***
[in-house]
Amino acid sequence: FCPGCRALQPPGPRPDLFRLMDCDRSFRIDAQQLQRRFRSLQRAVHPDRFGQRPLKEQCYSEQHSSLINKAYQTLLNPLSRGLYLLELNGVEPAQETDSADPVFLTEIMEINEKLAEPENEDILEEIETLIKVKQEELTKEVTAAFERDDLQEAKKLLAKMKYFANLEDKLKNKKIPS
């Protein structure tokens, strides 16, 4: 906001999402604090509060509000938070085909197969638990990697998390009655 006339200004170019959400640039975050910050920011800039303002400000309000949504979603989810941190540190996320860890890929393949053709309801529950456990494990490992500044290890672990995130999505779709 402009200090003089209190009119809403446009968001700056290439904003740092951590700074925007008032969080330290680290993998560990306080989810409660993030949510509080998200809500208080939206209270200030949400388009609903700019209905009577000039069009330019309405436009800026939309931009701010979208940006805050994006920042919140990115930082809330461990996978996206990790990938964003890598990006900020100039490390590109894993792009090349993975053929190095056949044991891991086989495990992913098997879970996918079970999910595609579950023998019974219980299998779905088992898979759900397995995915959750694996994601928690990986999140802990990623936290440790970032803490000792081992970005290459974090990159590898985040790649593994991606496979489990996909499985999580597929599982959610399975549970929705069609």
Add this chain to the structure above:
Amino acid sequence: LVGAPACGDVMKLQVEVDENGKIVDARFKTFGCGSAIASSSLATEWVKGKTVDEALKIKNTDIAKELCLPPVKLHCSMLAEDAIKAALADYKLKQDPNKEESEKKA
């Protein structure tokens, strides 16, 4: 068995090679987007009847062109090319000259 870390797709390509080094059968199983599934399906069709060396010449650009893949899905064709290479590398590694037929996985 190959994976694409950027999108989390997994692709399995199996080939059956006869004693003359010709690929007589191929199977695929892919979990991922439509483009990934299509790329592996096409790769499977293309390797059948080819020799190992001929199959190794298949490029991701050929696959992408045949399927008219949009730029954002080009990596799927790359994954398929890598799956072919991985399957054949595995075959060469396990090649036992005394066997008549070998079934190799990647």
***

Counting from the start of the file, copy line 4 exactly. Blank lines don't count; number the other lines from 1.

Add this chain to the structure above: